• G.R. No. 121180 July 5, 1996 - GERARD A. MOSQUERA v. DELIA H. PANGANIBAN, ET AL.

  • G.R. No. 121592 July 5, 1996 - ROLANDO P. DELA TORRE v. COMMISSION ON ELECTIONS, ET AL.

  • G.R. No. 122807 July 5, 1996 - ROGELIO P. MENDIOLA v. COURT OF APPEALS, ET AL.

  • Adm. Matter No. RTJ-91-712 July 9, 1996 - BEN D. MARCES, SR. v. PAUL T. ARCANGEL

  • G.R. No. 88189 July 9, 1996 - PEOPLE OF THE PHIL. v. TIBURCIO ABALOS

  • G.R. No. 103922 July 9, 1996 - SANTIAGO LAND DEVELOPMENT COMPANY v. COURT OF APPEALS, ET AL.

  • G.R. No. 104312 July 9, 1996 - PEOPLE OF THE PHIL. v. MARIO CABALLERO

  • G.R. No. 109563 July 9, 1996 - PHILIPPINE NATIONAL BANK v. COURT OF APPEALS, ET AL.

  • G.R. No. 114058 July 10, 1996 - PEOPLE OF THE PHIL. v. ZALDY B. FRANCISCO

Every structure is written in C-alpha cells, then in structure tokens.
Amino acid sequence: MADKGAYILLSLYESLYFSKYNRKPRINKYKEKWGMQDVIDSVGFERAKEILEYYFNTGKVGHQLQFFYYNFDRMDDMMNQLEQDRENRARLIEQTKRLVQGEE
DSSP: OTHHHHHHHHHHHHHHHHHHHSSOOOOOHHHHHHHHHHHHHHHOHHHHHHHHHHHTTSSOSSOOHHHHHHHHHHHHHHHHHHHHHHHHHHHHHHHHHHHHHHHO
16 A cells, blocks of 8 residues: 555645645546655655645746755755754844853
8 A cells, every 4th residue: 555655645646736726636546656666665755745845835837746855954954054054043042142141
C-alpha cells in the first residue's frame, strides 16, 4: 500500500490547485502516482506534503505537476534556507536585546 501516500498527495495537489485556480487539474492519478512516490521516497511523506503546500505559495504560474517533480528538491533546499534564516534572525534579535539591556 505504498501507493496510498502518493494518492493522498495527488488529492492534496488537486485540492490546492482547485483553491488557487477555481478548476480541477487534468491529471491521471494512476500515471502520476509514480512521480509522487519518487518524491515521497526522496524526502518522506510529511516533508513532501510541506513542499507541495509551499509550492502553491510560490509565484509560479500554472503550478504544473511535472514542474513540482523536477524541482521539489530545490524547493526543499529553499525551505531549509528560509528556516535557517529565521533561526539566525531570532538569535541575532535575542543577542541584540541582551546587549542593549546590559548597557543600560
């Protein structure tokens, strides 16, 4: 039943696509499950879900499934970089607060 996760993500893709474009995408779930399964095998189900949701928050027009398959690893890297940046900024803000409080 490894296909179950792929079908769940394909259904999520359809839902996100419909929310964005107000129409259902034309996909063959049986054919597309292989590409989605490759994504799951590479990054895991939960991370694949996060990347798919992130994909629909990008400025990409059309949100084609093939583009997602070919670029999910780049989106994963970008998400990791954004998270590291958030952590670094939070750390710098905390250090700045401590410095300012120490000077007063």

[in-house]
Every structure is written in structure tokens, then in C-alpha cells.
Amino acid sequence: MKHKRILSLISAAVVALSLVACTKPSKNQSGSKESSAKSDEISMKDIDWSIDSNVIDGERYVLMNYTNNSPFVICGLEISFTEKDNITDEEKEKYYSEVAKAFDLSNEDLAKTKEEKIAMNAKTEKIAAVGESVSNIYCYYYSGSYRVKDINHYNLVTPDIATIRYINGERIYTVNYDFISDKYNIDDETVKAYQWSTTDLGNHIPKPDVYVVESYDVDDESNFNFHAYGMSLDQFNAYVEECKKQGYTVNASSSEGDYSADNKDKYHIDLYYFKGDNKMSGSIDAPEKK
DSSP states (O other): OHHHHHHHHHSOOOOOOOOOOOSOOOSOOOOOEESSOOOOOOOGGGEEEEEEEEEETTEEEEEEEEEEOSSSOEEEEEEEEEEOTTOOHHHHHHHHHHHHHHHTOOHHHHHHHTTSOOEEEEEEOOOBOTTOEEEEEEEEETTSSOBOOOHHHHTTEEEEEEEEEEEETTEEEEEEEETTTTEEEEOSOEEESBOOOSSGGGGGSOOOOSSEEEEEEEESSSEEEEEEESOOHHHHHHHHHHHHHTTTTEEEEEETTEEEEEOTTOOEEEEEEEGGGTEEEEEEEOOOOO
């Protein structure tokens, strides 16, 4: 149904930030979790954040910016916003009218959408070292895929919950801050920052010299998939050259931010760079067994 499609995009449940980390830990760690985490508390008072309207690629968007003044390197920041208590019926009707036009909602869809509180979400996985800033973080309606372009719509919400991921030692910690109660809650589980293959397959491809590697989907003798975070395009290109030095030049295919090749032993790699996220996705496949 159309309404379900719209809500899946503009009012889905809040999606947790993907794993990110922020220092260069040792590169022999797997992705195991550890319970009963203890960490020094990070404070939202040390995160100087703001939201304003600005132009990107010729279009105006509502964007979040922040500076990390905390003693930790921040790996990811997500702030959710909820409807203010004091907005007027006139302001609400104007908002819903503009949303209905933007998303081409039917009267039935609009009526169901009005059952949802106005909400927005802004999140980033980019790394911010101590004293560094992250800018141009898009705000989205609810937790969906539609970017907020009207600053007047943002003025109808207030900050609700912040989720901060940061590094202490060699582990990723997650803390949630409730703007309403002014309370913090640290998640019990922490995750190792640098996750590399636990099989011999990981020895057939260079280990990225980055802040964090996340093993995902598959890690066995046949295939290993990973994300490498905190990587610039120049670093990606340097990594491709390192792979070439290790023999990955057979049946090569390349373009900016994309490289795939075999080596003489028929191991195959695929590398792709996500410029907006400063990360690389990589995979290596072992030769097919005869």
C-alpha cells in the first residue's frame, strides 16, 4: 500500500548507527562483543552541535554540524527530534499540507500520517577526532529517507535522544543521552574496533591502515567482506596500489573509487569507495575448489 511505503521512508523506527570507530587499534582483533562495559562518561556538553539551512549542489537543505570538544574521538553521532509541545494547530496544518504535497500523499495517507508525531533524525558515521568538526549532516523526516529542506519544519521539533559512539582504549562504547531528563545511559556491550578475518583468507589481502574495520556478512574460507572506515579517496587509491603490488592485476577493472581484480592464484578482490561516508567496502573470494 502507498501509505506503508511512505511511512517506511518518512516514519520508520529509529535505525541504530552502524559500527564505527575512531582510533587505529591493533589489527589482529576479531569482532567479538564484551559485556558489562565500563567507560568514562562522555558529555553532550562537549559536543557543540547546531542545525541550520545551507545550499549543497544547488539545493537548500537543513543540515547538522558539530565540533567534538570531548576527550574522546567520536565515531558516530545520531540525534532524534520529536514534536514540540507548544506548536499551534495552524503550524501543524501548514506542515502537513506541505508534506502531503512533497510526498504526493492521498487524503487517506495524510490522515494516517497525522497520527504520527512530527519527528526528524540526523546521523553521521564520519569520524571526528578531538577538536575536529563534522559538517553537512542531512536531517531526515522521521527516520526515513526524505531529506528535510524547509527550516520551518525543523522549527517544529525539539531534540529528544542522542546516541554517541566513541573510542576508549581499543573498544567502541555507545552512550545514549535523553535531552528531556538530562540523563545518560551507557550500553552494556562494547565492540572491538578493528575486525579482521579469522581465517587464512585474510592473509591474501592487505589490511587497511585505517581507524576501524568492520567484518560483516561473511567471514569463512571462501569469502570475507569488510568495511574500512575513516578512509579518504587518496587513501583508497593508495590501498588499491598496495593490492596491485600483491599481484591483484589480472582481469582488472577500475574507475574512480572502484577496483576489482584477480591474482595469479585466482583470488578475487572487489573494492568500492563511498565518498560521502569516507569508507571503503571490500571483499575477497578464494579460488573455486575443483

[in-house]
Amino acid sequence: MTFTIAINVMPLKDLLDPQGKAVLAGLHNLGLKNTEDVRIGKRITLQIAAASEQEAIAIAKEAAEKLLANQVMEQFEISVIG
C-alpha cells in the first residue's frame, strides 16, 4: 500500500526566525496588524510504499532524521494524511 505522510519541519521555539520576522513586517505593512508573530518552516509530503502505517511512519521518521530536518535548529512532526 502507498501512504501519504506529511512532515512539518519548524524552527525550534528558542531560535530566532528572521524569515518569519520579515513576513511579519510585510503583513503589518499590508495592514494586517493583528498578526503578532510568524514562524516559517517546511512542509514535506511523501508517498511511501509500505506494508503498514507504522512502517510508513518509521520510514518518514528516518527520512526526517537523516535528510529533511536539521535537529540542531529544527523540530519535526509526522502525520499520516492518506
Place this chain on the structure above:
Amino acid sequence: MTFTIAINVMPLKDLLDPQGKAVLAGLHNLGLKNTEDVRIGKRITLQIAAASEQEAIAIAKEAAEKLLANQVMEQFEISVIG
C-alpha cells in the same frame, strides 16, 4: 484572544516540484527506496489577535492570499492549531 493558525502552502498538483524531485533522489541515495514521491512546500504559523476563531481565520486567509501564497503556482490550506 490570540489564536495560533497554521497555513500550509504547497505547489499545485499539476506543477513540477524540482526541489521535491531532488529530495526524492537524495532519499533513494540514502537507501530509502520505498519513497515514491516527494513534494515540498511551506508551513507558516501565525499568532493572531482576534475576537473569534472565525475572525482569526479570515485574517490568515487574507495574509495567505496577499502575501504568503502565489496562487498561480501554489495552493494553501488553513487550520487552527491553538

• G.R. No. 74495 July 11, 1996 - DUMEZ COMPANY, ET AL. v. NATIONAL LABOR RELATIONS COMMISSION, ET AL.

  • G.R. Nos. 80437-38 July 11, 1996 - PEOPLE OF THE PHIL. v. ROBERTO B. ABORDO

  • G.R. Nos. 94376-77 July 11, 1996 - PEOPLE OF THE PHIL. v. ELMER O. BELGA

  • G.R. No. 103174 July 11, 1996 - AMADO B. TEODORO v. COURT OF APPEALS, ET AL.

  • G.R. No. 103968 July 11, 1996 - PEOPLE OF THE PHIL. v. DIMSON M. GARDE

  • G.R. No. 104860 July 11, 1996 - CITYTRUST BANKING CORPORATION v. NATIONAL LABOR RELATIONS COMMISSION, ET AL.

  • G.R. No. 106418 July 11, 1996 - DANIEL L. BORBON II, ET AL. v. SERVICEWIDE SPECIALISTS, INC., ET AL.

  • G.R. No. 109156 July 11, 1996 - STOLT-NIELSEN MARINE SERVICES (PHILS.) INC. v. NLRC, ET AL.

  • G.R. No. 110207 July 11, 1996 - FLORENTINO REYES, ET AL. v. COURT OF APPEALS, ET AL.

  • G.R. No. 116221 July 11, 1996 - PEOPLE OF THE PHIL. v. ALEJANDRO G. GABRIS